Store your starter in a nonreactive container -- like stainless steel, glass, plastic, ceramic.  These materials are nonreactive because they do not react with acidic ingredients the way copper and aluminum do.  I recommend a clear one so that you can watch your starter grow.  If you don't mind donating a whole tupperware to your starter (as we have) you can mark the rises and falls, highs and lows.  Especially in the first weeks it's super exciting to watch.  

What to feed starter:
Feed starter whatever you last fed your starter (usually equal parts, by weight, all-purpose flour and water).  You can increase the volume of your starter for a special recipe or to gift some to a special someone by feeding it extra but stick with the same proportion of flour and water.  If you feel the urge to feed your starter a different type of flour (say, rye or whole wheat for example) resist that temptation and just bake a sourdough rye loaf.  If you want your starter to thrive you have to be predictable and reliable in when and what you feed it.  

If your starter becomes dormant/neglected:
You'll see a clear, dark liquid where you usually see bubbles and creases.  It will smell very strong.  Don't worry -- the starter is not dead it is just suffocating!  Stir the liquid on top into the starter, pour off all but 4 ounces and feed it twice a day until it is revived.  Healthy, bubbly, and active.  If you have any sign of pink or reddish mold (VERY rare) and your starter smells putrid throw it out.  Dangerous microorganisms have, against all odds, begun to take over the lactobacillus bacteria.  Start from scratch.  

Inheriting or gifting a sourdough starter is very special.  In my opinion, there is a pinch too much value placed on generations old sourdough cultures.  It's romantic, no doubt.  But, your mother's-father's-uncle's century old sourdough starter is no more authentic than the one sitting in my fridge right now.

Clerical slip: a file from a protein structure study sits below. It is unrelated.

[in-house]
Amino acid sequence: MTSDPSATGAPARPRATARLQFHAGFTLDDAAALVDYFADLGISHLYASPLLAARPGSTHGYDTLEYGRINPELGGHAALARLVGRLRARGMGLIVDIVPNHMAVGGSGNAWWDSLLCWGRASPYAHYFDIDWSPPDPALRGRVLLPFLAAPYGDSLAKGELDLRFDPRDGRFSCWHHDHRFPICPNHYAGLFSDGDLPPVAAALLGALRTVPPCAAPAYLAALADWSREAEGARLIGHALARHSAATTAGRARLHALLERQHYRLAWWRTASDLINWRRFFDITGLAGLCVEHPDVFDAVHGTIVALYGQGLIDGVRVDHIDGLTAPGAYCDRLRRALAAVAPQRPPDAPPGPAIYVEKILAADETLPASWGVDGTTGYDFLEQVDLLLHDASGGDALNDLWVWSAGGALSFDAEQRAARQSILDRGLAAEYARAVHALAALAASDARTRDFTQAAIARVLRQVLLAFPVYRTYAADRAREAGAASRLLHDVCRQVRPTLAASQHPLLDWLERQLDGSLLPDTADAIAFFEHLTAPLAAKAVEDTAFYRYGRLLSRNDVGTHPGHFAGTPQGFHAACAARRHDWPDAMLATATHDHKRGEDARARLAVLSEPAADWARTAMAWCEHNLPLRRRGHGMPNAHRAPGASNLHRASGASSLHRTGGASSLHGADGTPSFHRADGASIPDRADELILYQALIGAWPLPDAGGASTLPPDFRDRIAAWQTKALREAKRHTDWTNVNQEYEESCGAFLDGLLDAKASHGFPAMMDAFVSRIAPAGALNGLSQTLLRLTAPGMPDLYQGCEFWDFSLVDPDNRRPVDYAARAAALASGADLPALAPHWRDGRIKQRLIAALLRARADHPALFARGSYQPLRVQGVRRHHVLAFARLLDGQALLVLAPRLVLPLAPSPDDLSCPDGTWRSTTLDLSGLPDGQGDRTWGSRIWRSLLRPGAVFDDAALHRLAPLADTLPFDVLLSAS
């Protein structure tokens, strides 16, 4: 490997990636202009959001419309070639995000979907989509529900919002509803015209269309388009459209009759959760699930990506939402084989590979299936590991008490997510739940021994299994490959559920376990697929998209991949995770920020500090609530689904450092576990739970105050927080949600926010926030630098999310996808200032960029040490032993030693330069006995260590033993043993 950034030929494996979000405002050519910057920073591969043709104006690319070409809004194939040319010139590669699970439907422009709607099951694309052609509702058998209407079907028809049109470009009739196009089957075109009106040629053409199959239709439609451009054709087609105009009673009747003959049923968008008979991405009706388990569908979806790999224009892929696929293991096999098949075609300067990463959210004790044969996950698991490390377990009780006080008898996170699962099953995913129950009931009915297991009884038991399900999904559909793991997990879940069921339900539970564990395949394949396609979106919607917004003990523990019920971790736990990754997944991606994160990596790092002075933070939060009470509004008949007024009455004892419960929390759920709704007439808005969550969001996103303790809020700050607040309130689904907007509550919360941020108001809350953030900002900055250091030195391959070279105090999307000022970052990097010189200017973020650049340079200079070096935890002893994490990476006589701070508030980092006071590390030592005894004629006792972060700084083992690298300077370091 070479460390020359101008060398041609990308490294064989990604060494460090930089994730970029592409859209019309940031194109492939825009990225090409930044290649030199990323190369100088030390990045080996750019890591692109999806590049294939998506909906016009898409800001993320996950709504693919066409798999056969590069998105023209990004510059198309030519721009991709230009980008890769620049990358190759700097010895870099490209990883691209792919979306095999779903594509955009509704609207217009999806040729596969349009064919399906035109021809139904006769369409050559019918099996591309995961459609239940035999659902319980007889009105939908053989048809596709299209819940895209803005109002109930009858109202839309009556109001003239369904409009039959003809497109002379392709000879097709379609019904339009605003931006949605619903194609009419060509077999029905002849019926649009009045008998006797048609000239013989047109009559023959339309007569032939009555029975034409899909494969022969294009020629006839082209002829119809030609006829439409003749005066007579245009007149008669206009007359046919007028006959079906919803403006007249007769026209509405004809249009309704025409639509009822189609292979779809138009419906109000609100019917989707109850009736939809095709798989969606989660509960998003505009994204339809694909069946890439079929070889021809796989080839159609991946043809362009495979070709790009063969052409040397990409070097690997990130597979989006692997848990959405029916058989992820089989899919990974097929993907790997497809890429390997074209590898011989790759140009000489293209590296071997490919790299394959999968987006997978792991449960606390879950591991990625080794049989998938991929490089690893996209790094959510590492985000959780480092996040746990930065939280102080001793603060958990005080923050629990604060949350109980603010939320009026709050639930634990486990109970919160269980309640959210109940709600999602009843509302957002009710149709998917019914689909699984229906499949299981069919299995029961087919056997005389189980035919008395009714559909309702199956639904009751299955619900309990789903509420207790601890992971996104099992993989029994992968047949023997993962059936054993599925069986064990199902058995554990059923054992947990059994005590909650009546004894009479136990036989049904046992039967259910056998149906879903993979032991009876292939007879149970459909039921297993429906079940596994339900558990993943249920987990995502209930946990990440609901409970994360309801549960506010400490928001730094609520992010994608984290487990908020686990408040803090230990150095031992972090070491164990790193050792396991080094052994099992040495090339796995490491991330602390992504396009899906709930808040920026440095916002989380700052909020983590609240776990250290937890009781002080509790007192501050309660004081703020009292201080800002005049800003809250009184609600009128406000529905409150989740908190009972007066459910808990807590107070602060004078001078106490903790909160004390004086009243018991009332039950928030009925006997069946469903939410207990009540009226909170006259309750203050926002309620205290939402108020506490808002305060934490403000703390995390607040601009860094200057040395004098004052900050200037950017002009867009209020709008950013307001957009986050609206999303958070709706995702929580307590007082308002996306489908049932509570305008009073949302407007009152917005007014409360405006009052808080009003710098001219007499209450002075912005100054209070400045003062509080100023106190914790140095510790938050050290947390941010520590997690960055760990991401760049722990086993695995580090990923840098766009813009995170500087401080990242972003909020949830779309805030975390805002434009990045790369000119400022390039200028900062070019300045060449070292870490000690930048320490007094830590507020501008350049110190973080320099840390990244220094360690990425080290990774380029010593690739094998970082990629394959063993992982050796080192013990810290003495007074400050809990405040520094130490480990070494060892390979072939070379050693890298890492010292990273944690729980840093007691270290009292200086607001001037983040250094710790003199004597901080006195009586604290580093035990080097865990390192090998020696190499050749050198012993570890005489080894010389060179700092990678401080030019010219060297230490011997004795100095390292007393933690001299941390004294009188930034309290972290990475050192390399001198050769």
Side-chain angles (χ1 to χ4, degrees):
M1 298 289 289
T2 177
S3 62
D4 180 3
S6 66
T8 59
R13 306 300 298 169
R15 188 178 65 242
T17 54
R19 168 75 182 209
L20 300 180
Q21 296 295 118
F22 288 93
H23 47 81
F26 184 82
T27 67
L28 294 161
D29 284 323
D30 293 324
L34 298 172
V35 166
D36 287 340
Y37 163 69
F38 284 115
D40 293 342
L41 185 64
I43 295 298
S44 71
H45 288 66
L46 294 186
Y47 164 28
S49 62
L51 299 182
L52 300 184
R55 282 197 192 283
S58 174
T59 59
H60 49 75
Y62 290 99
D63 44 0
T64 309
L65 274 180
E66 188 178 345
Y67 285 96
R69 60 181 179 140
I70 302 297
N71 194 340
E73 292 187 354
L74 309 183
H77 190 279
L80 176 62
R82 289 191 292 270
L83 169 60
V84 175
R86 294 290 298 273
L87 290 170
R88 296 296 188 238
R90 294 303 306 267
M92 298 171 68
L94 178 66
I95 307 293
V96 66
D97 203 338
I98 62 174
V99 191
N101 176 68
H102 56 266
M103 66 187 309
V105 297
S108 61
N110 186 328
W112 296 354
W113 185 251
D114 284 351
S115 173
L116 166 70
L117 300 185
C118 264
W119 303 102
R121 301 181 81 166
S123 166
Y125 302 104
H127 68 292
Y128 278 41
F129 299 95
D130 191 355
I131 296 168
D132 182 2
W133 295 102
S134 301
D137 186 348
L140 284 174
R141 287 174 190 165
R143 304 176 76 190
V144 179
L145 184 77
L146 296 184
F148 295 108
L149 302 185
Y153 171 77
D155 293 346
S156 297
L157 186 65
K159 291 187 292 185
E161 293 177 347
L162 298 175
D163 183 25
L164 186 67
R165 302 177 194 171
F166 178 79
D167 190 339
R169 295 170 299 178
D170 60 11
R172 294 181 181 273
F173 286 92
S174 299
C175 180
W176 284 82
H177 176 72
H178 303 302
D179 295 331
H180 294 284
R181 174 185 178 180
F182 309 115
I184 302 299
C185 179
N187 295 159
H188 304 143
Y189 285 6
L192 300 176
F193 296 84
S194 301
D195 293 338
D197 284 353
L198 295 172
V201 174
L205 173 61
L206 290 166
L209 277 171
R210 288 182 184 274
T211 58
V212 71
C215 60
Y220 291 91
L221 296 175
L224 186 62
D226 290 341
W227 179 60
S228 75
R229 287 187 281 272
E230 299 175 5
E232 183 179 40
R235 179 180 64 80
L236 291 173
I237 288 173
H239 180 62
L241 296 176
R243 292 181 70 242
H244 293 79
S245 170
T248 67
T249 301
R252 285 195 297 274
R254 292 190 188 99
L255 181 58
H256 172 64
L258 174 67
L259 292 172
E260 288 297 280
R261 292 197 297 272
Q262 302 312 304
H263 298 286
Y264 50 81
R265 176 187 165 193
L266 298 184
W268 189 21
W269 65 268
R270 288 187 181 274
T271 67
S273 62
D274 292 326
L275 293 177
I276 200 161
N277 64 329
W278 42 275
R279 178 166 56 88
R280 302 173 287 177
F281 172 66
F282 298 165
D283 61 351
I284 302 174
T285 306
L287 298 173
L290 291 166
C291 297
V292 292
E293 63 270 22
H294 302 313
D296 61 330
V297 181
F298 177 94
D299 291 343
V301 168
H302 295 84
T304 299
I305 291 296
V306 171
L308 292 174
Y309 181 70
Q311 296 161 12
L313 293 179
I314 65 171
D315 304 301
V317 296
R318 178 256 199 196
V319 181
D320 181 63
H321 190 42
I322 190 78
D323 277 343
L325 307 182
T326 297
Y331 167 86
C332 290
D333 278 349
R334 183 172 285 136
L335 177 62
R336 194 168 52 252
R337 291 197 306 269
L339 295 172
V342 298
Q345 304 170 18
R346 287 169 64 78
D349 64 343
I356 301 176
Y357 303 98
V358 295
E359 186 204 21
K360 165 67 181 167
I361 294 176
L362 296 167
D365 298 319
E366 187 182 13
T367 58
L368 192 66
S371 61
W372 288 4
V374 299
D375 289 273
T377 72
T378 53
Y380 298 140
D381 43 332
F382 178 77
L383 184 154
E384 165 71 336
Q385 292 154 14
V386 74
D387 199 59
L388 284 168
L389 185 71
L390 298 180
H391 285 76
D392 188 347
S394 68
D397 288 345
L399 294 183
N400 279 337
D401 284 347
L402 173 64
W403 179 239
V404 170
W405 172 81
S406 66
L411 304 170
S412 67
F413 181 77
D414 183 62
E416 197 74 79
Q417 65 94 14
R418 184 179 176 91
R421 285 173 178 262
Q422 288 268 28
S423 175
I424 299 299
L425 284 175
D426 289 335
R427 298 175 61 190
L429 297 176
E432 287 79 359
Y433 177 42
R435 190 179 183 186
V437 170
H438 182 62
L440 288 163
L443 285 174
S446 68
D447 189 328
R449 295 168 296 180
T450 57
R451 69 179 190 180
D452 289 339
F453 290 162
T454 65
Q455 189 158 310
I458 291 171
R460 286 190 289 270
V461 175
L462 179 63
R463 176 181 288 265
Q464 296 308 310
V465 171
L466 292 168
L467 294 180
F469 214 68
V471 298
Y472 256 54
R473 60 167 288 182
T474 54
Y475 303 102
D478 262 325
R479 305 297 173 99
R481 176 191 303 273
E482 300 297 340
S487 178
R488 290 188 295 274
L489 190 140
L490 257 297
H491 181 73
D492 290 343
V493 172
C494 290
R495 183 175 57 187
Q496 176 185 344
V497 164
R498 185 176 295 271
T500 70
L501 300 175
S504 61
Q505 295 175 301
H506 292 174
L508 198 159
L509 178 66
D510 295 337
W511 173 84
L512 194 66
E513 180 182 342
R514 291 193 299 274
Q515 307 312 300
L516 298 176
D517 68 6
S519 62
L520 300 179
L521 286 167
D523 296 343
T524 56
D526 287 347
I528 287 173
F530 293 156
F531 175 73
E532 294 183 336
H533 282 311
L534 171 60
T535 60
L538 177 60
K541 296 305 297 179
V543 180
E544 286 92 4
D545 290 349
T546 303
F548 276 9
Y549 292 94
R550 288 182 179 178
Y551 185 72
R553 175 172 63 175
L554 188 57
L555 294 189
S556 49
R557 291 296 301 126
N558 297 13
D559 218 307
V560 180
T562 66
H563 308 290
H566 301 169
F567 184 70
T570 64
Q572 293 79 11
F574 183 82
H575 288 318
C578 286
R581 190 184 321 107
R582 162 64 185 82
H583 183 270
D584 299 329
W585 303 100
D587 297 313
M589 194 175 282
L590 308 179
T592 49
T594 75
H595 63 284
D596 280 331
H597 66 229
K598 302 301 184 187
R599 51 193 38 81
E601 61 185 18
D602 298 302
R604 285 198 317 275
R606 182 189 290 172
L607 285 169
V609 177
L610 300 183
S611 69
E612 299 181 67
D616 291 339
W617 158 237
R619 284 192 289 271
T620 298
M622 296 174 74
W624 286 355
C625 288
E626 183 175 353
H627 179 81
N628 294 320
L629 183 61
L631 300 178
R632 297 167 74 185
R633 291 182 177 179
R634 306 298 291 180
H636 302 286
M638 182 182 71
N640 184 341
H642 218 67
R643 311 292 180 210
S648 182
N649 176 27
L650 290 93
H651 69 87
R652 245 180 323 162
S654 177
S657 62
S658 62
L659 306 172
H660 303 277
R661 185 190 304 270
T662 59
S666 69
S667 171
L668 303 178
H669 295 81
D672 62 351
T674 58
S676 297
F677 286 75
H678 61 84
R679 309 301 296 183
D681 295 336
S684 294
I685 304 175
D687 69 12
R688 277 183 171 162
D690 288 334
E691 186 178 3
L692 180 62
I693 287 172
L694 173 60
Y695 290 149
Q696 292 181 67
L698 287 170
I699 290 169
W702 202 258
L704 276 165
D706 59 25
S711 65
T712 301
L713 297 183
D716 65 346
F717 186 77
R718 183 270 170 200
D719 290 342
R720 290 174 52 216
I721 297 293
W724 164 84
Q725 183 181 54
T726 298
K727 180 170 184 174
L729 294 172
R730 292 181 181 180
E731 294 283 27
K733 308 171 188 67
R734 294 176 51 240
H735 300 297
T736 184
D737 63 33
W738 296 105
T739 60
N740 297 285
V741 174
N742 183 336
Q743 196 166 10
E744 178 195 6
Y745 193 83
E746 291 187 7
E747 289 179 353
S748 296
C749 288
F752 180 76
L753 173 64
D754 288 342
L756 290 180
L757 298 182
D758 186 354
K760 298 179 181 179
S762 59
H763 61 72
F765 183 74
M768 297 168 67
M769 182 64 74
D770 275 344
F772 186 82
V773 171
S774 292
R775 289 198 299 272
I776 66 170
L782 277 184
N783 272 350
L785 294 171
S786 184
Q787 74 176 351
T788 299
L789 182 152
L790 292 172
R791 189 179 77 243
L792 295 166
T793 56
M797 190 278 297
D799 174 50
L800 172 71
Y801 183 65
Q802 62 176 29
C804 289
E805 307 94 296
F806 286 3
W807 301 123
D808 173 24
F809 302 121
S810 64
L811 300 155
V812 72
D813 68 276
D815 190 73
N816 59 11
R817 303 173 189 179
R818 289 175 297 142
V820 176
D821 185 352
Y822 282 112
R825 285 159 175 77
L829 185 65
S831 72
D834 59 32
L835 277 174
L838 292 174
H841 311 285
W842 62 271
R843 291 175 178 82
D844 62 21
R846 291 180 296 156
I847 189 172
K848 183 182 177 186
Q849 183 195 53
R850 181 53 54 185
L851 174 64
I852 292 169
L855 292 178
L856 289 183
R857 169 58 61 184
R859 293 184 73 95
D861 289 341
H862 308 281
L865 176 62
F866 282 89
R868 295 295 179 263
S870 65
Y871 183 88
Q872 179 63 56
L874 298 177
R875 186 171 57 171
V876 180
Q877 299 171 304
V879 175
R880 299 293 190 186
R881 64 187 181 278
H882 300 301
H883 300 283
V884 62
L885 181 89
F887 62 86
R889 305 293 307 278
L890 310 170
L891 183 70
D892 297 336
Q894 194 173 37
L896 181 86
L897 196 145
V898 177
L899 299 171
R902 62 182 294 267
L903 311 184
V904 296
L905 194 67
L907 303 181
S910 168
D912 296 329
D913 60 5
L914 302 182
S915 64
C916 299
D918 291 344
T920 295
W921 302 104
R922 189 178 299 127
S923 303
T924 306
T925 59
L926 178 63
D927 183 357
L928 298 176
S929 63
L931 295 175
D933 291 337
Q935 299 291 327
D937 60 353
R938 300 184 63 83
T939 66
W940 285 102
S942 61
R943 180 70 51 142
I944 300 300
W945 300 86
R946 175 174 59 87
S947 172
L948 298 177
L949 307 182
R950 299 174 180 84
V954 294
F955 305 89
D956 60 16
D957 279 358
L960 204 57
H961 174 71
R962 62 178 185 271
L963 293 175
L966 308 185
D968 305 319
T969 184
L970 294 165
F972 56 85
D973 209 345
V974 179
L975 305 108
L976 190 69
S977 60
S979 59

Not to get too deep into the history of it, but San Francisco claims the oldest sourdough starters in the U.S. dating back to the Gold Rush.  The prospectors didn't have the dough ($$cashmoney) to feed themselves so when they baked bread they reserved some of the dough for the next loaf.  Over time, the dough fermented more and more into the modern sourdough flavor we all love.

Somehow, the heirloom-nature of sourdough makes it intimidating but the amateur-home baker should NOT be discouraged by sourdough starter and all of it's rigamarole.  All the fancy French words don't help make it seem easy either.  But really, it is flour+water+sugar and time.  Starting your own sourdough starter is almost as good as having a pet.  I admittedly have a nostalgic attachment to my starter.  It's a little weird... so now that I've opened up to you about my love for the starter currently frozen for Passover, you should try making your own!  

Resources to get you (and your starter) started:
The Fresh Loaf
   Details day-by-day procedure for making a starter using rye flour and juice!
   Uses The Fresh Loaf method above and goes through the process step-by-step comparing it to a water-based starter.
- Bread Alone by Daniel Leader and Judith Blahnik
    Gives "A Gentle Introduction" for a 4-day starter into a rye loaf.  Their starter begins with yeast.  
- The King Arthur Flour Baker's Companion
    We used the KAFlour 7-day plan that starts with rye flour and eventually uses all-purpose.
- Or if you really don't want to read, this guy does a good job of explaining the basics and moving his lips to other words:

Comment here or email and we will try our best to help you through it!

- Sar

1 comment:

  1. You have done your homework and your lab work. I am impressed and actually tempted to try making a batch. I've always thought that this is an art/craft that takes years to really master. [Chef's] hats off to you!